“Bert here has been workin’ for the FBI,” Emmet said, petting his blue tick hound.
“Sez you,” mumbled Grover, tugging at his ball cap.
“Yes, sez I,” Emmet said indignantly. “When the FBI is in this neck of the woods, they borry him. Seems counterfeiters can’t get their hands on regulation government money ink. So’s they’s got to use counterfeit ink. Everbody knows a blue tic hound’s nose is so sensitive he can sniff out a bogus bill printed up in counterfeit ink in a heartbeat.”
“I didn’t think you thought very highly of the law enforcement establishment.”
“Don’t matter what I think, it’s Bert they has dealins’ with.”
“Don’t know if I believe that or not,” Grover sniffed.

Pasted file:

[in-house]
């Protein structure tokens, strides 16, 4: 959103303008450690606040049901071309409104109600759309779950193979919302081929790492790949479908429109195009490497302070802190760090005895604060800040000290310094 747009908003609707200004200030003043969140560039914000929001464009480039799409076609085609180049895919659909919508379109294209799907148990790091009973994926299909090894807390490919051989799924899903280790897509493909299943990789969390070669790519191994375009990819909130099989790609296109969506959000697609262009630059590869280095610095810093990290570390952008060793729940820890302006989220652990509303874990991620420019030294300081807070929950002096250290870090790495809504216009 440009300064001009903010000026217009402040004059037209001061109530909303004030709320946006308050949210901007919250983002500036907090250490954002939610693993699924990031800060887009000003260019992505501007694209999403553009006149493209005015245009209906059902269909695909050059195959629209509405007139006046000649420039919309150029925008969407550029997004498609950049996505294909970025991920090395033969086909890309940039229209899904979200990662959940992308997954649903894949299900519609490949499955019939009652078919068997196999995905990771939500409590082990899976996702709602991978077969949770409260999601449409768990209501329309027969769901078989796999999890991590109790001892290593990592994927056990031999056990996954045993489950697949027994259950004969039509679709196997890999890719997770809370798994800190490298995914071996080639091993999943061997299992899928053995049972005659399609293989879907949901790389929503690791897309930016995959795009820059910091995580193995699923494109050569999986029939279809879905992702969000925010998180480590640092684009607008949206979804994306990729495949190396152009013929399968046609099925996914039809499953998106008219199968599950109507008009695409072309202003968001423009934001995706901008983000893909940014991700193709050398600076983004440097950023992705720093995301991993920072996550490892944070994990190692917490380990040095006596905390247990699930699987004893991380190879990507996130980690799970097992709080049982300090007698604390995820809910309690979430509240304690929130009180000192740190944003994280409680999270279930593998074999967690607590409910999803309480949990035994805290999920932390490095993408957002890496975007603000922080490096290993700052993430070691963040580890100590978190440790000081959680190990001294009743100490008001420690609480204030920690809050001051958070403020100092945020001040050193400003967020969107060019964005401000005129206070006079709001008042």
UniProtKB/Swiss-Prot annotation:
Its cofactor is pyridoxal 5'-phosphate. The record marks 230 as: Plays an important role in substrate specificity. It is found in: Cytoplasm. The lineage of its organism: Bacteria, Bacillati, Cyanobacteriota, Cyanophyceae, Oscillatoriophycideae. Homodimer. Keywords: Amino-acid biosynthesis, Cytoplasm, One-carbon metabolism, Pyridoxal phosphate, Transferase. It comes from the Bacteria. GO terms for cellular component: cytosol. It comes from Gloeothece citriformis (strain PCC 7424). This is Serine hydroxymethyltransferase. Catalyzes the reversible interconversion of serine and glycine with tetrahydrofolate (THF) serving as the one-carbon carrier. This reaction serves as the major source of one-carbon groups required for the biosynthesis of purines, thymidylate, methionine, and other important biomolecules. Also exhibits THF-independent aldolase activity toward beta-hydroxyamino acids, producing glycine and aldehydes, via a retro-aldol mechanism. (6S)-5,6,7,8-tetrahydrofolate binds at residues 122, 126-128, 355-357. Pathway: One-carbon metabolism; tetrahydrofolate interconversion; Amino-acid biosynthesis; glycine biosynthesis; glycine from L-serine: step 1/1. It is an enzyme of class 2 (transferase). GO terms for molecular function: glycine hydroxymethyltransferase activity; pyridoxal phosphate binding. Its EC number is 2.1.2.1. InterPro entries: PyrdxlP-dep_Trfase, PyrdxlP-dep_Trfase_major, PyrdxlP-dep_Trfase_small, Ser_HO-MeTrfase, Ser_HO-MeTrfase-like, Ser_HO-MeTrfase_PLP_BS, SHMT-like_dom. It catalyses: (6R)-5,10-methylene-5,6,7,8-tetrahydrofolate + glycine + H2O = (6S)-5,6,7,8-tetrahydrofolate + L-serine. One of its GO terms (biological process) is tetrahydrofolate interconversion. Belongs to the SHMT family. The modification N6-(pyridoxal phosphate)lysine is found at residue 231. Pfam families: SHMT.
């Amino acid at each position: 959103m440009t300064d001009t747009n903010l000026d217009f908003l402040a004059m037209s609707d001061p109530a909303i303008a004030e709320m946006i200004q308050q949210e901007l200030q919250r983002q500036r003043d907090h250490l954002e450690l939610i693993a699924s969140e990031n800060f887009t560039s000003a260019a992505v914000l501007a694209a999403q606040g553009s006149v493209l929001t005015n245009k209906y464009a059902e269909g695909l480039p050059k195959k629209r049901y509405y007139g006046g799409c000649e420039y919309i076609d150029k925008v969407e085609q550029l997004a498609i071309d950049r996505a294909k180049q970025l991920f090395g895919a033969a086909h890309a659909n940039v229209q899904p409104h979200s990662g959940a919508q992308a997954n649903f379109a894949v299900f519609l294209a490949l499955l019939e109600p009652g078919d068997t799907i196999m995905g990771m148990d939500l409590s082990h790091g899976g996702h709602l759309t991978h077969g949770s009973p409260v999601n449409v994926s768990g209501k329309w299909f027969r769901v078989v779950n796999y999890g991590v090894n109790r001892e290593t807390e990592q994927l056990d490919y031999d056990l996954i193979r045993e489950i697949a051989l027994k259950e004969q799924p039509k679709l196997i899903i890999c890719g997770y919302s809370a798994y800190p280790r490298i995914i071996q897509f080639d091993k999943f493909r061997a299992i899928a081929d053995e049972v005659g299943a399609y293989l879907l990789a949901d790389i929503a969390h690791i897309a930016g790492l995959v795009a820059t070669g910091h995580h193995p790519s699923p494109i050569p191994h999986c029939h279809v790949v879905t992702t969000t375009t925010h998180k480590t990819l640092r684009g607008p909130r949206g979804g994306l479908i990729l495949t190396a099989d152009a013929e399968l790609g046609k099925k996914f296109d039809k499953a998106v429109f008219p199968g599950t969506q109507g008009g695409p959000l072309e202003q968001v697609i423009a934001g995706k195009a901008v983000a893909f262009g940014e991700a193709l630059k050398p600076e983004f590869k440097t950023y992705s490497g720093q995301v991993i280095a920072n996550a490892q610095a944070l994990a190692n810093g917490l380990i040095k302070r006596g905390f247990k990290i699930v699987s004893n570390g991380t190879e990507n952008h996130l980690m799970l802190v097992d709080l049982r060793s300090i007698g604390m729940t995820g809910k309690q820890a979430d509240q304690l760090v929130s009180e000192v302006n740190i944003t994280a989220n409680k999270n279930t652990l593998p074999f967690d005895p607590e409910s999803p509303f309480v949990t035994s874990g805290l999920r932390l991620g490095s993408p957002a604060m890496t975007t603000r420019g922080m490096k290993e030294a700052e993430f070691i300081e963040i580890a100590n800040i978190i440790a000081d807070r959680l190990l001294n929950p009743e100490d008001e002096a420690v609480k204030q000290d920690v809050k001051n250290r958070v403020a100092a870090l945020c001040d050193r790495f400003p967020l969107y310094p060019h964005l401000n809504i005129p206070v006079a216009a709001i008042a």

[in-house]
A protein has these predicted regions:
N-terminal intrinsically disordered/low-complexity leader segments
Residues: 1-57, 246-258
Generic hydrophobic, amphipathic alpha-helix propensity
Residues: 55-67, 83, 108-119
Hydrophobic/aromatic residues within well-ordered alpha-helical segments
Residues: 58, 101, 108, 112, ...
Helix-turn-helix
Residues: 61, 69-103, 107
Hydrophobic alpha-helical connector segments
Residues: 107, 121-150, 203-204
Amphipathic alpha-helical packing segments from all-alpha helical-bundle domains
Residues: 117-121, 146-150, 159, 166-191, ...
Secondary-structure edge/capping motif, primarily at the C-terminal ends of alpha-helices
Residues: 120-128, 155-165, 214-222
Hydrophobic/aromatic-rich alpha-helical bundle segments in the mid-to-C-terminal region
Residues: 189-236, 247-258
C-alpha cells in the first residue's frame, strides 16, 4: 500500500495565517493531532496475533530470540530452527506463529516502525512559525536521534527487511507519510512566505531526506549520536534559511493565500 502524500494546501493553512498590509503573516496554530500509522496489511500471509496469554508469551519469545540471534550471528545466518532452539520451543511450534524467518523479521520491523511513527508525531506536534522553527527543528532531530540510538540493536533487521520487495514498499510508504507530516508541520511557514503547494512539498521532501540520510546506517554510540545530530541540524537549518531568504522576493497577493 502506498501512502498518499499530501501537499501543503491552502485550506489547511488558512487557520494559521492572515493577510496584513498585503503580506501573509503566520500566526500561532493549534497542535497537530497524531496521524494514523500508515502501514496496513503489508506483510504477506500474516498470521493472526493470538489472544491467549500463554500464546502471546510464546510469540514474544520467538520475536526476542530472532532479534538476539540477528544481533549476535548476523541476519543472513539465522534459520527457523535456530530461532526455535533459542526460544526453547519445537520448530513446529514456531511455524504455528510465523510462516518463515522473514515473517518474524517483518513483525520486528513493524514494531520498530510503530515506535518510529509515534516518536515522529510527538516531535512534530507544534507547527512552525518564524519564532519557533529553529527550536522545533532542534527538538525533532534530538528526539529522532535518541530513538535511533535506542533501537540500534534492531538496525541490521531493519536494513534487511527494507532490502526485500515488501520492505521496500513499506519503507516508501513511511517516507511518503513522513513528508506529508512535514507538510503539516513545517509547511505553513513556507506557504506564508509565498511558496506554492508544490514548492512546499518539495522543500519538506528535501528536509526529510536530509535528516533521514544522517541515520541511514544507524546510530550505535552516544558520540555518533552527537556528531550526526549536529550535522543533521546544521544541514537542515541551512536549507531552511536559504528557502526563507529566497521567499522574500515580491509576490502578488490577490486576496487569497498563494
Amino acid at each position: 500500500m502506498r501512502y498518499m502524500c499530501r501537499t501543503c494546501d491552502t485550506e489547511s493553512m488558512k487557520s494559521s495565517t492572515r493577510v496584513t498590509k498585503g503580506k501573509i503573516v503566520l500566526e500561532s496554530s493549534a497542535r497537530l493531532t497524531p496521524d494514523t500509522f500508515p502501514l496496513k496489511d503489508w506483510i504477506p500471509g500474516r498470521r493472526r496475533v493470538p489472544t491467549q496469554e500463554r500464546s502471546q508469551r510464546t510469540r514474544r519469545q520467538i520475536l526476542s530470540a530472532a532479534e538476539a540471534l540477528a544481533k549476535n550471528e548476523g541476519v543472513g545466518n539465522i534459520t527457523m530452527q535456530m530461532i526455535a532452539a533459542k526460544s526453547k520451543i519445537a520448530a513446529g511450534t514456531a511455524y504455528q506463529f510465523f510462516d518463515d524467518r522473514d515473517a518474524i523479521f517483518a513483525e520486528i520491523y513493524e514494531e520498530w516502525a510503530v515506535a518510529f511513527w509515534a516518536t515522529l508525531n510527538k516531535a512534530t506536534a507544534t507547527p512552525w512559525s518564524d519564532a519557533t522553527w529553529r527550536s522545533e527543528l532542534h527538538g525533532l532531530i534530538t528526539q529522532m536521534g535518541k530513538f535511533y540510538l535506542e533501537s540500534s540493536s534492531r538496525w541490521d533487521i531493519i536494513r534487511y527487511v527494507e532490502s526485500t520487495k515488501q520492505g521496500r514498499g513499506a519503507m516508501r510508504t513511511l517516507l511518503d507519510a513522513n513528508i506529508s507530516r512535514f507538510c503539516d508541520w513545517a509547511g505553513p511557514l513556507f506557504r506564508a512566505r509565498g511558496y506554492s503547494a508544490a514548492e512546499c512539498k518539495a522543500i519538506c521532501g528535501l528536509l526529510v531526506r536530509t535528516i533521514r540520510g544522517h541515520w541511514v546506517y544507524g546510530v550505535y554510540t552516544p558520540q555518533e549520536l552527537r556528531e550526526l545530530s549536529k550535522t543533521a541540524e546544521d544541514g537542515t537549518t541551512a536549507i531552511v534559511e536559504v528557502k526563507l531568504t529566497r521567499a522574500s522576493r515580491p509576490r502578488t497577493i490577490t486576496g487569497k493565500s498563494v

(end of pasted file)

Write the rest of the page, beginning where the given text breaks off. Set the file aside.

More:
“I’ll prove it to you, unless you’re too chicken,” Emmet shot back.
“Alright, prove it.”
Emmet eyed Grover, then asked, “You got any foldin’ money on you that Ole Bert can check?”
“What, ain’t you got no money?” Grover laughed.
“Don’t be silly, he’s done checked all a mine. I ain’t goin’ ‘round with no counterfeit money in my pocket. Don’t you know that’s a crime? Now you got any money on you or not? The bigger the better. Counterfeiters ain’t much for foolin’ with the small stuff. ”
“Keep your shirt on,” Grover snickered, digging a twenty out of his pocket.
“Go check it, boy,” Emmet barked. Bert sauntered over to Grover and snatched the bill from his outstretched hand. Meandering back, he deposited the bill in Emmet’s lap before flopping down on the porch. Emmet folded the bill and stuffed it in his pocket.
“Wait jus’ a minute,” Grover wailed, “why’d you do that?”
“As a bony fried agent of the FBI, Bert’s got to confiscate any and all fake money he sniffs out. Seems like you had a bad bill.”
“How come it to end up in your pocket then?” Grover moaned.
“Don’t you know nothin’ bonehead? Dogs ain’t got no pockets.”
Grover sighed, “Well, can’t argue with that.”